If Westminster Bridge Road were to appear on the Monopoly map, this short, busy main road would share the same low-rent part of the board as the Old Kent Road, funnelling traffic from central London towards Sevenoaks and Dover. Until this week, its nod towards the hospitality industry comprised a couple of pubs and a handful of restaurants. But last Monday, two brand-new rival hotels simultaneously opened for paying guests.
The vast new Park Plaza Westminster stands at the west end of the road, while the H10 Waterloo is at the east. They will soon be joined by a budget upstart, right in the middle, offering "five-star sleep" for as little as £10 a night.
The Park Plaza occupies the former site of the despised "Island Block" of County Hall, a concrete monstrosity in the middle of a roundabout. The tide of traffic has been displaced, offering a grand new prospect for those heading across Westminster Bridge to the South Bank. (Incidentally, its nearest neighbour is another Park Plaza, the County Hall property.)
"Location is key," said Laurence Markham, the marketing director for the new hotel. "The footfall for the South Bank is now phenomenal. Many hotels have a picture of Big Ben and the London Eye in their brochures, but that is the actual view from many of our 1,021 rooms." A special opening rate of £99 double, including breakfast, has sold out.
The Eye is visible from the 12th floor of the H10 Waterloo, at the other end of Westminster Bridge Road, but so too is the capital's financial core: the lucky occupants of room 1202 get a hitherto unseen panorama of the City of London with Canary Wharf in the distance.
St George's Circus, as the roundabout at this end of Westminster Bridge Road is known, used to be the smelliest place in London, due to the presence of Sarson's vinegar factory. Today, the H10's fragrant restaurant – Three O Two – overlooks the Obelisk. This stone spike, a monument to George III, shows the distance to Westminster as exactly one mile, with Fleet Street and London Bridge only slightly more distant; the kink in the Thames means that the Spanish-owned H10 is equidistant from the heart of politics and the City.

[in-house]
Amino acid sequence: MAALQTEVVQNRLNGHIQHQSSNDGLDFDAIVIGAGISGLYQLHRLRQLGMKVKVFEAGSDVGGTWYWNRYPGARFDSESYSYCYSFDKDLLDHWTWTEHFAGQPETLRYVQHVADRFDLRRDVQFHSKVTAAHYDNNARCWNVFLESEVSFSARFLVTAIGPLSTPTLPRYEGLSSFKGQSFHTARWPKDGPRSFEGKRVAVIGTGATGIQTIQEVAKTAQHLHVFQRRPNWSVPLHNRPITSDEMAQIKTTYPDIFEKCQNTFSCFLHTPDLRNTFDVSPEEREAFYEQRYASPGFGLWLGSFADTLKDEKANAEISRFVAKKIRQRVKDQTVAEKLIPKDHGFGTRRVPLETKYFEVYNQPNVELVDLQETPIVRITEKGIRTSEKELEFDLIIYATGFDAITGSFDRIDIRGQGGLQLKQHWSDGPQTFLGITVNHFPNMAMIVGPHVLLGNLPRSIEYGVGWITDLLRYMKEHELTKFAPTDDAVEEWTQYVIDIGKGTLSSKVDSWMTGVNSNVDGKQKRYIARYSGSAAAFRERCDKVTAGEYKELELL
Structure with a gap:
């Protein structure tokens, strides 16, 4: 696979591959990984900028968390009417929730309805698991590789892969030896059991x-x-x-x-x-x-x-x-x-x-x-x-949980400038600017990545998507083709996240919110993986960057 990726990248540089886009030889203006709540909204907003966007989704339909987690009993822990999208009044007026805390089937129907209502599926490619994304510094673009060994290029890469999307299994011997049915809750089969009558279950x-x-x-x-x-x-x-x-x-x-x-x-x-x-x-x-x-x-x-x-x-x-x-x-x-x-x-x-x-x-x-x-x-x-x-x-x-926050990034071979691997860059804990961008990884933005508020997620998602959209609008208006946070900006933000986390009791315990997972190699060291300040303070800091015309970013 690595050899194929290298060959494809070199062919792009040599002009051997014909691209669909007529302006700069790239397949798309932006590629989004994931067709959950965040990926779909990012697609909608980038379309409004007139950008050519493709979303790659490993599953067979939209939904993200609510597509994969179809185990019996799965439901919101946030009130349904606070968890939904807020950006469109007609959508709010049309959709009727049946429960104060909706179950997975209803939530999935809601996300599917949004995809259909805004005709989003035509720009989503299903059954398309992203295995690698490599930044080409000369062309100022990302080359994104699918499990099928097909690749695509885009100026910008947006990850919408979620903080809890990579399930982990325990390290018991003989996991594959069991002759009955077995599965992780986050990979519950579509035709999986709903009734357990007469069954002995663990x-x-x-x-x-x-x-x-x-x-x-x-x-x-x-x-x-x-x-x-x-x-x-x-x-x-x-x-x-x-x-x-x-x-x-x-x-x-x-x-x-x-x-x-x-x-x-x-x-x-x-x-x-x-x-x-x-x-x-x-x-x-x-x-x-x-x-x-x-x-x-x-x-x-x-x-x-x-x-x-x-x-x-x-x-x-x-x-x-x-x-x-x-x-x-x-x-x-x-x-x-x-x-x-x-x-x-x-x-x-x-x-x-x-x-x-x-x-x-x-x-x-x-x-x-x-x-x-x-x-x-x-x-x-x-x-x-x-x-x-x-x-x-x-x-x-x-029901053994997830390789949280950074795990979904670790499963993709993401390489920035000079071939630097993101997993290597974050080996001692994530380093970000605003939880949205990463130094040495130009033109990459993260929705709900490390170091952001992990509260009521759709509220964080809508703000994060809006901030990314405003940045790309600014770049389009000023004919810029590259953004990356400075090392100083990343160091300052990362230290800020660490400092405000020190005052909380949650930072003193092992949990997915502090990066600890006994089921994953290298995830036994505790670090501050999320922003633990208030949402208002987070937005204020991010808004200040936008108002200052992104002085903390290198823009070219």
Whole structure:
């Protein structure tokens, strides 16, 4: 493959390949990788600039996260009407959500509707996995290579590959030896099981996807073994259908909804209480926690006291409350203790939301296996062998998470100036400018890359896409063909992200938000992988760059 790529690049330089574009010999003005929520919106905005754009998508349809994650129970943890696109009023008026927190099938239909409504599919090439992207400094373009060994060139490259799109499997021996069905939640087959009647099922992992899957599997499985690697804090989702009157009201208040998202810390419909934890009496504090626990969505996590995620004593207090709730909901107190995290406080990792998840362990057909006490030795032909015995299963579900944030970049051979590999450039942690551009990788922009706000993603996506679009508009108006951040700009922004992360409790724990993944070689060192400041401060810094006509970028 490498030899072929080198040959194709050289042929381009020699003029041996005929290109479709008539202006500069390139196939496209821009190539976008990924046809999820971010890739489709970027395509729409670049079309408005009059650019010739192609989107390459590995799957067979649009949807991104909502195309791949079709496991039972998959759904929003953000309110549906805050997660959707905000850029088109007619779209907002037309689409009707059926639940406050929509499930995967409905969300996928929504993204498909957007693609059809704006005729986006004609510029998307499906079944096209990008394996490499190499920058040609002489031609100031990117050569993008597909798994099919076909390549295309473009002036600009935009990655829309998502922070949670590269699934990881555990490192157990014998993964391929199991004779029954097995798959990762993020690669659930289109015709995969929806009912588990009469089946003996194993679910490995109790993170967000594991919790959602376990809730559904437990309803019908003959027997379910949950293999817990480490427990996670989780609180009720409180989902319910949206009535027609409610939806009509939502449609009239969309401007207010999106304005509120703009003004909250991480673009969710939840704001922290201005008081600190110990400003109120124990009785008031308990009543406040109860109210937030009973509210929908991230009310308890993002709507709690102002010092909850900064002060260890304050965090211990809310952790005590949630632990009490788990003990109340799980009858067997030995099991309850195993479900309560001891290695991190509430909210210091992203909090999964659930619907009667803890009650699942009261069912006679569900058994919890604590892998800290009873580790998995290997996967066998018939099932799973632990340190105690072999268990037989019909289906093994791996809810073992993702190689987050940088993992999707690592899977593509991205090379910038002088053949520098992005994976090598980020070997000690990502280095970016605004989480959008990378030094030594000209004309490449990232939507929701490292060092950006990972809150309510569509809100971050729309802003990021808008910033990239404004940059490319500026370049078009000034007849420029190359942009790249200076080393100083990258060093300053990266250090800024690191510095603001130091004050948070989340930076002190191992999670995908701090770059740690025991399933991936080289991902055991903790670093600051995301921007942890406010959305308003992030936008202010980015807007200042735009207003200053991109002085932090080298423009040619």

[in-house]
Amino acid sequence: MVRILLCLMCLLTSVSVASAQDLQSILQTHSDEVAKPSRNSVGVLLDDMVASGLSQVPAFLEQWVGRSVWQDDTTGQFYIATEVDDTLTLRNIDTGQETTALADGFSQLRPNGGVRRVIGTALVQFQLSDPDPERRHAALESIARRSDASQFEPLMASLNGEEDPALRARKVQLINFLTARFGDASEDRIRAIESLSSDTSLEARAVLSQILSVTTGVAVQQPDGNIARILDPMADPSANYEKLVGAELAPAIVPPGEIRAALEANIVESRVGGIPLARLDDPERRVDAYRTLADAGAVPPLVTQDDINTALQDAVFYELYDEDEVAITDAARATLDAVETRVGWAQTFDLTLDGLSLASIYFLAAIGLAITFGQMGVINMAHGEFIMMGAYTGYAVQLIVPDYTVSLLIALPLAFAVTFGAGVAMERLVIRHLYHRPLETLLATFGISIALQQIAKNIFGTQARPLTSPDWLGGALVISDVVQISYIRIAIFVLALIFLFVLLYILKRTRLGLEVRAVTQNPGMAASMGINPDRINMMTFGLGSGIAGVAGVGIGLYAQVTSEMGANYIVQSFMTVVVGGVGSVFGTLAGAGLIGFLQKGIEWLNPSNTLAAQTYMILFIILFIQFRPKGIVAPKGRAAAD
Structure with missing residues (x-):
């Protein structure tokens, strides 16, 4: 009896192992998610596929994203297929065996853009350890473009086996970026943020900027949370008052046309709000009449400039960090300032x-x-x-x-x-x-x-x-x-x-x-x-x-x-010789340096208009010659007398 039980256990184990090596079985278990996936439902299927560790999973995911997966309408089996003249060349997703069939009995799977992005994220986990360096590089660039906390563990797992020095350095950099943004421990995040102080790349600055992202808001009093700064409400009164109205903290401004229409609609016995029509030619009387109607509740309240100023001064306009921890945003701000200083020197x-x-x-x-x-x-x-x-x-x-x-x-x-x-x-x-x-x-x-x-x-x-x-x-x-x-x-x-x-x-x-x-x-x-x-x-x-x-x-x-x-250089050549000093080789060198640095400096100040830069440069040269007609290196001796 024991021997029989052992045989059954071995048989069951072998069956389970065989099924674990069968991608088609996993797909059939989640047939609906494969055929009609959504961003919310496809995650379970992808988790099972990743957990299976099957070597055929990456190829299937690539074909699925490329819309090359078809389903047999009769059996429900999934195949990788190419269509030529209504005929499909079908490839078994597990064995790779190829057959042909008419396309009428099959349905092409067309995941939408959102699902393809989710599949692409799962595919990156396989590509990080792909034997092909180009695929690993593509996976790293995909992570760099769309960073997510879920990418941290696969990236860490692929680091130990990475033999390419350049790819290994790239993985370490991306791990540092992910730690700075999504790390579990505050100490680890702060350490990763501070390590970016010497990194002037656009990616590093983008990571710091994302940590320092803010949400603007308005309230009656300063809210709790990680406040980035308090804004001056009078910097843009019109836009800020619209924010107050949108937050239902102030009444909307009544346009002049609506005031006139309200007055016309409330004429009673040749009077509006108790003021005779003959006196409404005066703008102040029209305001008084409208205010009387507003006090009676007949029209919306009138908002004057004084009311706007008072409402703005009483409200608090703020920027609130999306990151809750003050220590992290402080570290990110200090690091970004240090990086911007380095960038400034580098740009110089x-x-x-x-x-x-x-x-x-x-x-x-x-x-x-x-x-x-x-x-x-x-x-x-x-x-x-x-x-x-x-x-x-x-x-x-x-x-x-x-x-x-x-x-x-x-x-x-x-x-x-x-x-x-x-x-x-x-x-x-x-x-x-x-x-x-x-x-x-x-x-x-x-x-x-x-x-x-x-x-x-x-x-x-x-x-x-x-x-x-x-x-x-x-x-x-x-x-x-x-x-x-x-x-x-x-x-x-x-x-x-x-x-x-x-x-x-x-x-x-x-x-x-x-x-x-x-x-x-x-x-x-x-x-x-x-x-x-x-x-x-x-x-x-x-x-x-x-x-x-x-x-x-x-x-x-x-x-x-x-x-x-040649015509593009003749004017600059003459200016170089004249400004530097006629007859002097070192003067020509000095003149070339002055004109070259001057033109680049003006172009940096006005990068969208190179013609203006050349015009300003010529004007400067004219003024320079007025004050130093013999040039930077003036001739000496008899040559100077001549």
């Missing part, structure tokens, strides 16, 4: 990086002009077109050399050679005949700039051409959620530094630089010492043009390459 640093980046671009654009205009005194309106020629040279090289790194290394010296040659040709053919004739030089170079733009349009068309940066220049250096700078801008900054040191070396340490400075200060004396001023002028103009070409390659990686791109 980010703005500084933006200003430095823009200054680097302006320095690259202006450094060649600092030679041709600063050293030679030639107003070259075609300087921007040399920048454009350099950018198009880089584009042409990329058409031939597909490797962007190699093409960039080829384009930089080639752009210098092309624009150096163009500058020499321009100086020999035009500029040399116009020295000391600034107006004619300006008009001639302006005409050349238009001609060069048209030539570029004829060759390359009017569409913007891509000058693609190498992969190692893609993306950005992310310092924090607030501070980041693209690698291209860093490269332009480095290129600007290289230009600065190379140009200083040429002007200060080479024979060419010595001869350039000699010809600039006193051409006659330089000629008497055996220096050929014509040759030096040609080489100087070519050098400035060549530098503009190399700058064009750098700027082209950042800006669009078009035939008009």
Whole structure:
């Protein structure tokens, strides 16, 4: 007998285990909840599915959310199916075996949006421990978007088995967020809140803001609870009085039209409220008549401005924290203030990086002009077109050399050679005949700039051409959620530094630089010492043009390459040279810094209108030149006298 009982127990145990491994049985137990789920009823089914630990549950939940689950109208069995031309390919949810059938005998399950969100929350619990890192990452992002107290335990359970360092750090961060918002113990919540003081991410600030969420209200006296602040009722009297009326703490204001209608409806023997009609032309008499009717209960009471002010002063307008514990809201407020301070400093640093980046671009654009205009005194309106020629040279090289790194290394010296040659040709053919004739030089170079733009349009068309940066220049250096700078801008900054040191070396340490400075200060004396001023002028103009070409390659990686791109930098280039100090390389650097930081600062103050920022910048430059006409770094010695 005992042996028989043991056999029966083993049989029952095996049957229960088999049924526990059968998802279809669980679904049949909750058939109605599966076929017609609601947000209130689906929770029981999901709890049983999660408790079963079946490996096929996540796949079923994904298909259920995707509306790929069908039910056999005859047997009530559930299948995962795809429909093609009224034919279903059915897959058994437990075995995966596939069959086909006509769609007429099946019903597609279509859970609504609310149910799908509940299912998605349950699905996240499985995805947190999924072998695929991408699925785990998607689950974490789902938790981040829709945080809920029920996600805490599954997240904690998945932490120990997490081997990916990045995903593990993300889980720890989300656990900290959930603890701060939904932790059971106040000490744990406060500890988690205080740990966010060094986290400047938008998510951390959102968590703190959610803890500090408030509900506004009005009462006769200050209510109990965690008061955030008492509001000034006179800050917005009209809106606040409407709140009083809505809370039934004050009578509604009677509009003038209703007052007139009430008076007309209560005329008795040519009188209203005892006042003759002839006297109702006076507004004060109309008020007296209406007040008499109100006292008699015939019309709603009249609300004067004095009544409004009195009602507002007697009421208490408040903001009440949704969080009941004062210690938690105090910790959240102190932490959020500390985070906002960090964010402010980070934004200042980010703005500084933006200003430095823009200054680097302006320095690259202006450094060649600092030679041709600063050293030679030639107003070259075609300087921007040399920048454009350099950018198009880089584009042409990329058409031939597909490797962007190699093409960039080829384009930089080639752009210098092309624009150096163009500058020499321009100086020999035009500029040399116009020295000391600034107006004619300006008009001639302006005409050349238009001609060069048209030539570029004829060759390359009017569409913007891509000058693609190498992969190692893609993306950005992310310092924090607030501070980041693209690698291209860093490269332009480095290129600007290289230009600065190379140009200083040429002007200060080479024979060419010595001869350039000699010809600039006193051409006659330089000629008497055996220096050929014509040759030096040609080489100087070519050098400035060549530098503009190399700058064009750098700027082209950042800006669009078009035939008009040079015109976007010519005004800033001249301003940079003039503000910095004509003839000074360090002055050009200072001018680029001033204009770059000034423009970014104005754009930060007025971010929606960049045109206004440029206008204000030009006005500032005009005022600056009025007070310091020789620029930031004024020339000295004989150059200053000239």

The property occupies a very compact site, packing in an impressive 177 rooms – all with free Wi-Fi – as well as a bar that is a cut above the adjacent pub. Its claim to be "just a few metres away from the Waterloo Tube station" is ambitious; the Underground and main-line stations, which together comprise the busiest terminus in Europe, are a five-minute walk away. There is plenty of availability at £95 double in the first couple of months, though breakfast is an additional £15 per person.
The general managers for both hotels will be watching developments in the middle of Westminster Bridge Road with interest. Tune Hotels.com, a successful start-up based in Malaysia, with properties in Penang, Bali and Borneo, is launching its first UK hotel in the former Lambeth Building Society building. Its promise is "five-star sleep at one-star prices" – which, according to Mark Lankester, the chief executive of Tune Hotels.com, could fall to £10.
"Every day, someone is checking into a Tune Hotel only having paid the equivalent of US$3 (£2) night. Within London, because the cost of property over here is considerably higher than anything in South East Asia, we are still working out the final price bands, but what I would like to do is offer prices around the £10 mark."
His firm plans to create another 14 properties, with more than 1,000 beds, in London in the next few years. Sleep is likely to get cheaper, if not deeper, in the capital.
Park Plaza Westminster: www.bit.ly/PPWest
H10 Waterloo: www.bit.ly/H10London
Tune: tunehotels.comReuse content